Drones for Live Sports Production Become Reality in Aspen

Vortex Aerial pilotCEO Chris Schuster (center) with ESPN’s Jed Drake (left) and Dennis Cleary

Drones have officially arrived in live U.S. sports coverage at this week’s X Games in Aspen, CO, and they have been a long time coming for ESPN’s VP of Remote Operations Chris Calcinari and X Games Senior Coordinating Producer Rich Feinberg and their respective teams. They have spearheaded the drones effort over the past six months, jumping through regulatory hoop after hoop and overcoming a litany of technological challenges.

“I’m trying to manage everyone’s expectations because this is just day one of what is hopefully years of finding interesting ways to utilize this drone technology,” says Feinberg. “There is a lot still to work out, but I’m very optimistic that it was very much worth the effort put in by so many people.”

The 40-in.-wide, 25-lb. unmanned aircraft debuted Thursday morning covering the top of Snowboarder X competition at Buttermilk Mountain, marking the first legal deployment of a drone for live sports TV coverage in North America. It will continue to cover additional X Course events as well as the Snowmobile HillCross competition this week, providing one-of-a-kind aerials.


Months in the Making
Although drones have been used for a variety of sports-related endeavors, primarily in coaching and scouting applications, ESPN’s deployment at X Games is the first live sports production to be fully sanctioned by the FAA.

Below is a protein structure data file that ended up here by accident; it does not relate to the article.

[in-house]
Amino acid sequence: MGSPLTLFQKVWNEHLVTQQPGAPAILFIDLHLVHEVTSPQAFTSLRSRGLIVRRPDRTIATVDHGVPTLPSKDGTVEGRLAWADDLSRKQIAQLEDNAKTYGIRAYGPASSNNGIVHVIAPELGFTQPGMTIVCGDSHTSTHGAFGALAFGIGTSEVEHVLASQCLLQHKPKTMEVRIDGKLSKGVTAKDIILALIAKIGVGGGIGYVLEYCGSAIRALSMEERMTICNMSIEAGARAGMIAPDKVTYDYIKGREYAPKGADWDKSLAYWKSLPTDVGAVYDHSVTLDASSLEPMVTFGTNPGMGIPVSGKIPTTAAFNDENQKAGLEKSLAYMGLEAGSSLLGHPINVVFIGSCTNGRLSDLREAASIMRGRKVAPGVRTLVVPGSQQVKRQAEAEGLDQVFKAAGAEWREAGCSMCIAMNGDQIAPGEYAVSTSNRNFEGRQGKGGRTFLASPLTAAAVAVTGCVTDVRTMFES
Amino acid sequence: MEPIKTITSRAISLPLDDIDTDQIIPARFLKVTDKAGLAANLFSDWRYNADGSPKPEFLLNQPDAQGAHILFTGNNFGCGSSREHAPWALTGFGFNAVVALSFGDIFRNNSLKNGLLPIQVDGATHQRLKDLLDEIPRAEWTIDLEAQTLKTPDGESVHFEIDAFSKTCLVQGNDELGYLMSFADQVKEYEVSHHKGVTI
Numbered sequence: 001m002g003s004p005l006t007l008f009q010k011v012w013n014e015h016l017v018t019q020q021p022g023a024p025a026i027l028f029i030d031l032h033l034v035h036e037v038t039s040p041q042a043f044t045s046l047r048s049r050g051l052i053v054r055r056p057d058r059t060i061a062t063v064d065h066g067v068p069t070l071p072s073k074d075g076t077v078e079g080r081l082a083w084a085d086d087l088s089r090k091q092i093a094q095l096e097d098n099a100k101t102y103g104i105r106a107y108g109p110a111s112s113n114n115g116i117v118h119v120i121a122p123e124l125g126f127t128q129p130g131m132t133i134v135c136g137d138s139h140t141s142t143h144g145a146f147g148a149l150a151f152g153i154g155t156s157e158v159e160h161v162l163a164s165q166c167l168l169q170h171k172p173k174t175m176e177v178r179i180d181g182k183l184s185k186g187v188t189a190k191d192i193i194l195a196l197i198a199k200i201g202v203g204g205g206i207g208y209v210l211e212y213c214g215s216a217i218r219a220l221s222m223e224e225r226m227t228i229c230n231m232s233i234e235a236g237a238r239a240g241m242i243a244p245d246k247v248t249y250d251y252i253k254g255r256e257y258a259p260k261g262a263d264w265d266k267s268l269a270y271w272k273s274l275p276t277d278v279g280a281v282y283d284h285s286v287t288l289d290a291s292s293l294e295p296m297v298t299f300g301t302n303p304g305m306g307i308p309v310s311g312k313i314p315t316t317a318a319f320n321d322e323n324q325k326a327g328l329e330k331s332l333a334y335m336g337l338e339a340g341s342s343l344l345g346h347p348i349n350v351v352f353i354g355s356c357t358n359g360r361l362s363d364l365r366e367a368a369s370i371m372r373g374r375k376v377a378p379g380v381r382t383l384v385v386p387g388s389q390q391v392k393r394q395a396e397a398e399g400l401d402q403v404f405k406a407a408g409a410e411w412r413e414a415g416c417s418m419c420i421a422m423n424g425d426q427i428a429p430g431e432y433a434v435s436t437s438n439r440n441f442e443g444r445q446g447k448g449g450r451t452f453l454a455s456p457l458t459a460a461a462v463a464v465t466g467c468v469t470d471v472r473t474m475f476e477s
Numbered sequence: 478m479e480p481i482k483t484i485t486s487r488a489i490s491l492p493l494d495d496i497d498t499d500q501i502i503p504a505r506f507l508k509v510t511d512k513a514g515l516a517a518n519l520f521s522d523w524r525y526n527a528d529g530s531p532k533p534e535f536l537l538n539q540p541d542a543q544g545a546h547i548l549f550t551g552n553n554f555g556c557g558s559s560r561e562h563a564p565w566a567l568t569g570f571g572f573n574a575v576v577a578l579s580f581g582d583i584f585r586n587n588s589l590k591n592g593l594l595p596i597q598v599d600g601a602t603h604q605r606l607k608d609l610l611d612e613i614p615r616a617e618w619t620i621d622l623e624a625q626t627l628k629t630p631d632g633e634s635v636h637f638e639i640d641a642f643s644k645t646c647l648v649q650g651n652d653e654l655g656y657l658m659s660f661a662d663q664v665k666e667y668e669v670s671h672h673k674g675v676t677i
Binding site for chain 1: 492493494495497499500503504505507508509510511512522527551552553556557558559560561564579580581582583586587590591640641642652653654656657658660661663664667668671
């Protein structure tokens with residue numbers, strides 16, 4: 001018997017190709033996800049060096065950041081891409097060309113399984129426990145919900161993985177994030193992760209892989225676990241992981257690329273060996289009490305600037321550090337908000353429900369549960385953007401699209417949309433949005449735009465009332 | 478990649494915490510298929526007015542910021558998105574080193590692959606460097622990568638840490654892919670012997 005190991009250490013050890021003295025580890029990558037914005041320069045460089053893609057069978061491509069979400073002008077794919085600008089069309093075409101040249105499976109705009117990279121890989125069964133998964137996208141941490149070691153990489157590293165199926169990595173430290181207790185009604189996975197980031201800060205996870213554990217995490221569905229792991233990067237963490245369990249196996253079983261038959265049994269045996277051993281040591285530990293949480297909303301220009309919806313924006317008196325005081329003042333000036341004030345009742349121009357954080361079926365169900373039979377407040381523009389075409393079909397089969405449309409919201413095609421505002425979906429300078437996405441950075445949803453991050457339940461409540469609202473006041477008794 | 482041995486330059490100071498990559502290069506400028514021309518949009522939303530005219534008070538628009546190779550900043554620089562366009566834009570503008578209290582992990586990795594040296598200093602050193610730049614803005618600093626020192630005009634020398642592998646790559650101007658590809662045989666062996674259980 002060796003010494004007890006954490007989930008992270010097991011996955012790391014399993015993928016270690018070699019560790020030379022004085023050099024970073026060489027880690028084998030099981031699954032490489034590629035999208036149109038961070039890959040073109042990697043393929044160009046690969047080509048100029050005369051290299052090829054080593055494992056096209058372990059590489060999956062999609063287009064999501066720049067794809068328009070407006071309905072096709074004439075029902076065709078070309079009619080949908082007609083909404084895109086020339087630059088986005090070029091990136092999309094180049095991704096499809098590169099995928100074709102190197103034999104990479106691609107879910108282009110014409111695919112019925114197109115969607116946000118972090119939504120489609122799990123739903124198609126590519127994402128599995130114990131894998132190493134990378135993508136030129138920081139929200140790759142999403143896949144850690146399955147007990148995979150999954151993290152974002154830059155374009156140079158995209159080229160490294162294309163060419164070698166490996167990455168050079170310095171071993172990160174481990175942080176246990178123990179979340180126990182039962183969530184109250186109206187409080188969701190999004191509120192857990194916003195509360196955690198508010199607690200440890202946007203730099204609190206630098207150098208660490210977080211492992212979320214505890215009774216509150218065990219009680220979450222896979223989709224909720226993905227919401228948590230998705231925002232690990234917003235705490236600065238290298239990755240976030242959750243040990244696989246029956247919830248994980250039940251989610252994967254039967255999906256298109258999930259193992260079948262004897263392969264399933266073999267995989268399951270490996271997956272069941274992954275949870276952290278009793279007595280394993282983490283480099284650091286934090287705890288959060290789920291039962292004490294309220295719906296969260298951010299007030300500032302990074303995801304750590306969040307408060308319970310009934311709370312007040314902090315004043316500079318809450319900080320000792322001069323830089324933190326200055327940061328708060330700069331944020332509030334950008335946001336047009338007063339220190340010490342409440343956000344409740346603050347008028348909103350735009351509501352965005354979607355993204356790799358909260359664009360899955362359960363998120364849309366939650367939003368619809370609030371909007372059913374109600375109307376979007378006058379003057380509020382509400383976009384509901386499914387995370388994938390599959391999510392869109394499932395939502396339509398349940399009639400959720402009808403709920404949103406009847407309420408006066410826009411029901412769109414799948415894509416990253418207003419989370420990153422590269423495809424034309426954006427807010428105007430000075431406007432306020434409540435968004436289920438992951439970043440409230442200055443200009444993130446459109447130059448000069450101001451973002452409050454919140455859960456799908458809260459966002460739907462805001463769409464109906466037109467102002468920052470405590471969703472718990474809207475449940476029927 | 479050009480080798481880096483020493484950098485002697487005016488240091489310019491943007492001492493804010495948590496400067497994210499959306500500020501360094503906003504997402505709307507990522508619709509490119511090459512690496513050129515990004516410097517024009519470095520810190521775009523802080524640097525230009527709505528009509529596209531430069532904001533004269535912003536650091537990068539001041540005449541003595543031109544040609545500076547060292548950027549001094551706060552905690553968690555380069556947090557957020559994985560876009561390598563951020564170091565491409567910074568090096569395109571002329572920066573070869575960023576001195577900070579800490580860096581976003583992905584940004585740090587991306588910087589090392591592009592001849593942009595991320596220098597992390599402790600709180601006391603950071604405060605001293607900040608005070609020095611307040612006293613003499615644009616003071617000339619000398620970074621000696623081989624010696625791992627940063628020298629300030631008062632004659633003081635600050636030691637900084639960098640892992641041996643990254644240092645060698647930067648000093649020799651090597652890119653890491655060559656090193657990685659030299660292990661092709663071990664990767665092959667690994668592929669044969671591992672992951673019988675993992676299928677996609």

The effort started in September when the FAA authorized six companies to use drones for film and television productions. This coincided with the return of Feinberg, a drone enthusiast and owner himself, to X Games after focusing on ESPN’s auto-racing coverage for eight years.

The drone in action during Snowboarder X qualifying


“When I found out I was coming back to X Games, I immediately knew that my number-one focus would be how we can get drones involved,” says Feinberg, a 14-year X Games veteran (1994-2006). “I called Chris and told him, if I make nothing else happen, this is what I want. I’ve been around X Games long enough to know that it is truly a laboratory and we can get more things accomplished because we own the event and have great relationships with the athletes. That made it a perfect fit.”

Immediately following the FAA announcement, ESPN’s team went to work evaluating the six certified drone providers (several were immediately eliminated because they were unable to deliver live HD video), eventually tapping Vortex Aerial.

Once the vendor was selected, ESPN applied and was approved for a Certificate of Authorization (COA) from the FAA and received approval from the Flight Standards District Offices to fly a drone so close to the adjacent Aspen Airport. In addition, Calcinari and his team had to receive internal approval from parent company Disney, which had a policy against the use of drones.